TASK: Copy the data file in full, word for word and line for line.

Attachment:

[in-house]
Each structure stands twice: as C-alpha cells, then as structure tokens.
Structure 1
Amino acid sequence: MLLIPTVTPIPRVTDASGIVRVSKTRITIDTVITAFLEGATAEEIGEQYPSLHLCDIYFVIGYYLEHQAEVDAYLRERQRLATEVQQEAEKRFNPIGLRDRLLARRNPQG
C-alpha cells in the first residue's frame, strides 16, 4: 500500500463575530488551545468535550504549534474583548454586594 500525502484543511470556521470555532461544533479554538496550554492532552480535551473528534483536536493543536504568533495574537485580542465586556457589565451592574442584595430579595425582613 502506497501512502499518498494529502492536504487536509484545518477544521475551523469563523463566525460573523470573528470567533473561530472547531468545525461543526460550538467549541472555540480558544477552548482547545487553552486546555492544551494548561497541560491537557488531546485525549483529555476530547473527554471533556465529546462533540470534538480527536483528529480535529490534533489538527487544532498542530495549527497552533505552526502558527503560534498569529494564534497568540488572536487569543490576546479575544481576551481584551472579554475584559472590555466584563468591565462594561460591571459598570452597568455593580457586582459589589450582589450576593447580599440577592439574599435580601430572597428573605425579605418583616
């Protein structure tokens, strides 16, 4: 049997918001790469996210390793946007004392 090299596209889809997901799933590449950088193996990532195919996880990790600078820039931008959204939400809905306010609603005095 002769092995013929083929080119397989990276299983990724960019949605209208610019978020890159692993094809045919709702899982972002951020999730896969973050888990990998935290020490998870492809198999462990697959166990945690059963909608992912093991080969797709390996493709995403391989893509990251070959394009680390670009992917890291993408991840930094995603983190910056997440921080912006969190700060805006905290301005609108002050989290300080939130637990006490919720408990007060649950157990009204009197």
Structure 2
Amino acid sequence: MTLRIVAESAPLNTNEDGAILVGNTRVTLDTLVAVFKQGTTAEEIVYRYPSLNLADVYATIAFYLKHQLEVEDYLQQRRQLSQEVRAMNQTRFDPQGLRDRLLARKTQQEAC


[in-house]
Each structure stands twice: as C-alpha cells, then as structure tokens.
Structure 1
Amino acid sequence: MLLIPTVTPIPRVTDASGIVRVSKTRITIDTVITAFLEGATAEEIGEQYPSLHLCDIYFVIGYYLEHQAEVDAYLRERQRLATEVQQEAEKRFNPIGLRDRLLARRNPQG
C-alpha cells in the first residue's frame, strides 16, 4: 500500500463575530488551545468535550504549534474583548454586594 500525502484543511470556521470555532461544533479554538496550554492532552480535551473528534483536536493543536504568533495574537485580542465586556457589565451592574442584595430579595425582613 502506497501512502499518498494529502492536504487536509484545518477544521475551523469563523463566525460573523470573528470567533473561530472547531468545525461543526460550538467549541472555540480558544477552548482547545487553552486546555492544551494548561497541560491537557488531546485525549483529555476530547473527554471533556465529546462533540470534538480527536483528529480535529490534533489538527487544532498542530495549527497552533505552526502558527503560534498569529494564534497568540488572536487569543490576546479575544481576551481584551472579554475584559472590555466584563468591565462594561460591571459598570452597568455593580457586582459589589450582589450576593447580599440577592439574599435580601430572597428573605425579605418583616
């Protein structure tokens, strides 16, 4: 049997918001790469996210390793946007004392 090299596209889809997901799933590449950088193996990532195919996880990790600078820039931008959204939400809905306010609603005095 002769092995013929083929080119397989990276299983990724960019949605209208610019978020890159692993094809045919709702899982972002951020999730896969973050888990990998935290020490998870492809198999462990697959166990945690059963909608992912093991080969797709390996493709995403391989893509990251070959394009680390670009992917890291993408991840930094995603983190910056997440921080912006969190700060805006905290301005609108002050989290300080939130637990006490919720408990007060649950157990009204009197």
Structure 2
Amino acid sequence: MTLRIVAESAPLNTNEDGAILVGNTRVTLDTLVAVFKQGTTAEEIVYRYPSLNLADVYATIAFYLKHQLEVEDYLQQRRQLSQEVRAMNQTRFDPQGLRDRLLARKTQQEAC